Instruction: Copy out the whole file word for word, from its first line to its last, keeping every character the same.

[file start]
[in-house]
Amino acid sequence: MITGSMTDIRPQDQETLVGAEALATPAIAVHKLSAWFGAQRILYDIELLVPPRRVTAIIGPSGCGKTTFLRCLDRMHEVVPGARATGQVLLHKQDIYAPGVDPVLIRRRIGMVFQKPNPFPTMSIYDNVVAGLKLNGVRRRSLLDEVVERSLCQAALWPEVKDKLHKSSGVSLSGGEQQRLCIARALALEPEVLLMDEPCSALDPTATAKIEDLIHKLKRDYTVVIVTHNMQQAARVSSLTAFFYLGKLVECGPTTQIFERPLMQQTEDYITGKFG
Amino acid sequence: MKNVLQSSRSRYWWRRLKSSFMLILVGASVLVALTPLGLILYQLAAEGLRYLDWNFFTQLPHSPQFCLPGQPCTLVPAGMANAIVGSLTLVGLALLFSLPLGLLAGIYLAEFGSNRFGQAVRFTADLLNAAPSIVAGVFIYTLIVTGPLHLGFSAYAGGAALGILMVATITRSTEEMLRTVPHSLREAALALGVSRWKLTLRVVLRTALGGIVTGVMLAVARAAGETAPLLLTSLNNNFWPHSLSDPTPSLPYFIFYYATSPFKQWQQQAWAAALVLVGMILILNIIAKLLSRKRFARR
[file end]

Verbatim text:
[in-house]
Amino acid sequence: MITGSMTDIRPQDQETLVGAEALATPAIAVHKLSAWFGAQRILYDIELLVPPRRVTAIIGPSGCGKTTFLRCLDRMHEVVPGARATGQVLLHKQDIYAPGVDPVLIRRRIGMVFQKPNPFPTMSIYDNVVAGLKLNGVRRRSLLDEVVERSLCQAALWPEVKDKLHKSSGVSLSGGEQQRLCIARALALEPEVLLMDEPCSALDPTATAKIEDLIHKLKRDYTVVIVTHNMQQAARVSSLTAFFYLGKLVECGPTTQIFERPLMQQTEDYITGKFG
Amino acid sequence: MKNVLQSSRSRYWWRRLKSSFMLILVGASVLVALTPLGLILYQLAAEGLRYLDWNFFTQLPHSPQFCLPGQPCTLVPAGMANAIVGSLTLVGLALLFSLPLGLLAGIYLAEFGSNRFGQAVRFTADLLNAAPSIVAGVFIYTLIVTGPLHLGFSAYAGGAALGILMVATITRSTEEMLRTVPHSLREAALALGVSRWKLTLRVVLRTALGGIVTGVMLAVARAAGETAPLLLTSLNNNFWPHSLSDPTPSLPYFIFYYATSPFKQWQQQAWAAALVLVGMILILNIIAKLLSRKRFARR